A few hours later we were seated in that candle-lit room, sharing our two first courses, and making mental notes as to how we could recreate one of them at home. While the sea scallops served over a mound of whipped parsnip and pear puree were perfectly seared and comforting on what was a chilly night, it was the roasted carrot and chickpea salad that captured our full attention.
We had not expected that the salad would be served warm, but it was. It arrived at the table in a perfectly round form, a low cylinder, about 2 1/2 inches high. Jutting out from the compressed form of chickpeas, spinach and roasted fennel, were roasted carrot batons, and a spiral of honey curry vinegar circled the plate. After a few bites, it was quite clear that this was an example of the whole being greater than the sum of the parts. Nothing fussy was going on here, just simple roasted vegetables with this interesting honey curry dressing. As much as we enjoyed the sugar barbecued pork loin and striped bass that came next, the carrot and fennel salad remained on our minds.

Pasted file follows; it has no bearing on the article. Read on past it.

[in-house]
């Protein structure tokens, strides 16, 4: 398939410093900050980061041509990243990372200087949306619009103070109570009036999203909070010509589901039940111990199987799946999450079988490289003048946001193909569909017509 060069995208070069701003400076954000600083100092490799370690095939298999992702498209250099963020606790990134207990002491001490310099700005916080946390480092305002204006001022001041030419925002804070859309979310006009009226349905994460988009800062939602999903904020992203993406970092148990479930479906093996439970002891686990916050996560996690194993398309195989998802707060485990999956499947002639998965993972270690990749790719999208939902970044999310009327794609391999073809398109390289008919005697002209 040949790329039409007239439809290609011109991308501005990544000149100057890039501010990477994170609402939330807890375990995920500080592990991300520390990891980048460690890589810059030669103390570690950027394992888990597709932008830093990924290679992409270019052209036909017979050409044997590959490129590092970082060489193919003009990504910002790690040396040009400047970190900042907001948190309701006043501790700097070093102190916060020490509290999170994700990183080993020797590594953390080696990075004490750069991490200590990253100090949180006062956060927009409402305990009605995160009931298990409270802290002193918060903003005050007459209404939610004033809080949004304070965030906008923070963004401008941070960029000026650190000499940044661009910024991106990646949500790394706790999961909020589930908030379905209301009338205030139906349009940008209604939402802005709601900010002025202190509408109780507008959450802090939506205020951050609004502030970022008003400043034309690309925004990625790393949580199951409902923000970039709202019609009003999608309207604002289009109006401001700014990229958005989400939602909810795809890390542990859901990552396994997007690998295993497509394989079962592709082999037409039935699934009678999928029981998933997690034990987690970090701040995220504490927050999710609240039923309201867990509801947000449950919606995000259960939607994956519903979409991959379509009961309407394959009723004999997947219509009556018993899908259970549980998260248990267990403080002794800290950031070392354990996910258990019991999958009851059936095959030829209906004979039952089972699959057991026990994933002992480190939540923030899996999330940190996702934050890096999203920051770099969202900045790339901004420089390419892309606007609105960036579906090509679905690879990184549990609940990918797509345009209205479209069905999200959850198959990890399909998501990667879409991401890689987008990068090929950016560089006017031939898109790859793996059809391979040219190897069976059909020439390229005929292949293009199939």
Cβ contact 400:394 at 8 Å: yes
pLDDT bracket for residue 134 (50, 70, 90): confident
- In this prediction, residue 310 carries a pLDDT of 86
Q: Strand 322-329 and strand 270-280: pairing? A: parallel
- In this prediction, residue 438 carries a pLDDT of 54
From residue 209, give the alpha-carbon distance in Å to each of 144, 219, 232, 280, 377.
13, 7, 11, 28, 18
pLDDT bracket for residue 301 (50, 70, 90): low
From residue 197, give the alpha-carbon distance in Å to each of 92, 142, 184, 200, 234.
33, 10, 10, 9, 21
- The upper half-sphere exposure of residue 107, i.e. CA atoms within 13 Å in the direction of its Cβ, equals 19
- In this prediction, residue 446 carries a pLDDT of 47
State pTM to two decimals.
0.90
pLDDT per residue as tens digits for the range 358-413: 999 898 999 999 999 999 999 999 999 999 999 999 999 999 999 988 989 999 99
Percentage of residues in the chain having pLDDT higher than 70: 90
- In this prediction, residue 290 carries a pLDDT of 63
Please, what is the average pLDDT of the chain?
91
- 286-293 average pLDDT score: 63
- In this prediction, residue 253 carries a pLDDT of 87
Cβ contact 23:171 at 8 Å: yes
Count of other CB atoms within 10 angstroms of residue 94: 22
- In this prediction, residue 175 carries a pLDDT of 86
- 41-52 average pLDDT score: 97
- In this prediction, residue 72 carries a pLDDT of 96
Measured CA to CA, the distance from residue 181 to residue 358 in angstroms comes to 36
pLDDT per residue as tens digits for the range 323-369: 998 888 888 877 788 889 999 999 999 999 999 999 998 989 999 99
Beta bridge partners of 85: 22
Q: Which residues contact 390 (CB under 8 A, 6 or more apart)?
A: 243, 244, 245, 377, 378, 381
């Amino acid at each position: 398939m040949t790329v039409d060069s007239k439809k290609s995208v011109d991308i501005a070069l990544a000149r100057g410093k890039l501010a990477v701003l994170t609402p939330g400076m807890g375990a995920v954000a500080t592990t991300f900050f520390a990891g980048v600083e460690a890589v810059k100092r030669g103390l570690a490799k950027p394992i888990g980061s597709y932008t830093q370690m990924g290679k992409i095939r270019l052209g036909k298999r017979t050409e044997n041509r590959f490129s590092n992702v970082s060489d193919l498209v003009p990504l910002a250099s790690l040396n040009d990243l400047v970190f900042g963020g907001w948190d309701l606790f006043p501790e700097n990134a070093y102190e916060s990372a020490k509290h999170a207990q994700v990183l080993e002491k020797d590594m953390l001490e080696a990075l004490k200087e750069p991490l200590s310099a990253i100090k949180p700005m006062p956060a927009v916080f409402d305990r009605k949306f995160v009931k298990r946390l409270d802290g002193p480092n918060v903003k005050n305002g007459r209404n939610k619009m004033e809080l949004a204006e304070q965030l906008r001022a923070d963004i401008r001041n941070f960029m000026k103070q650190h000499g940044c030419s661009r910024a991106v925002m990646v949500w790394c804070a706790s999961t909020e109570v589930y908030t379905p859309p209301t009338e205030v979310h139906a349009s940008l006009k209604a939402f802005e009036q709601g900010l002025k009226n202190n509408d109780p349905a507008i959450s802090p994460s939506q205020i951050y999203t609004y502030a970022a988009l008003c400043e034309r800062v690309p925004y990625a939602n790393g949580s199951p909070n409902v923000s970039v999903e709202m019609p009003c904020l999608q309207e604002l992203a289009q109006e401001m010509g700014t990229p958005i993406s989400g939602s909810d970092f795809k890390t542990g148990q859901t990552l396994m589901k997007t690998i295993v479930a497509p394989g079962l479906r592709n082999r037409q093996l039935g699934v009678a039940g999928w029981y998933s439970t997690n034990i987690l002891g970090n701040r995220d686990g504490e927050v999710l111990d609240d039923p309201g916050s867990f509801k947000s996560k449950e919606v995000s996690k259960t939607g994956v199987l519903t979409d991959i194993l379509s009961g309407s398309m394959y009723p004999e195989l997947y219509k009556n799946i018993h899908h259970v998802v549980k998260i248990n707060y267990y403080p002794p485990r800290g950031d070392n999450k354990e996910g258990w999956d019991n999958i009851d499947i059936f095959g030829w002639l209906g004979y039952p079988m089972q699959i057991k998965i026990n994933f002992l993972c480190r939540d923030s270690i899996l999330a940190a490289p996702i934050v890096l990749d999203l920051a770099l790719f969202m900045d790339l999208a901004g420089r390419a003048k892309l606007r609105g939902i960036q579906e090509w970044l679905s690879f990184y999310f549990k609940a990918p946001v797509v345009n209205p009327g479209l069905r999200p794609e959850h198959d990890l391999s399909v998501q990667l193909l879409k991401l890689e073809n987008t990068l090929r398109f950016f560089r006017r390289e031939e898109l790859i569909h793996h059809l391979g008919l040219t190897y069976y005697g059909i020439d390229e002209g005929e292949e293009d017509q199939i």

And so it was that two nights later we decided to try to recreate it as part of our Sunday night dinner.
Clearly the carrots and fennel had been roasted, but we weren’t sure what the treatment had been for the chickpeas. Because we they were somewhat flattened and blackened on one side, we surmised that they, along with the roasted vegetables, had perhaps been seared on a flat griddle beneath a heavy spatula, and then everything spooned into a cylindrical mold. Not having a griddle, I decided to just toss the chickpeas in to roast along with the carrots and fennel. (This would turn out to be a bad move.) Determining that the spinach would need only a quick wilting, we turned to the honey curry vinegar.
With the discovery that his cupboard was bare of curry, Dr. S made a “kitchen emergency” call to his neighbor, and returned bearing a restaurant kitchen-sized container of Madras curry, but also somewhat soggier due to the torrents of rain he had to brave in the process. We mixed, we tested, we added, and we learned a few things: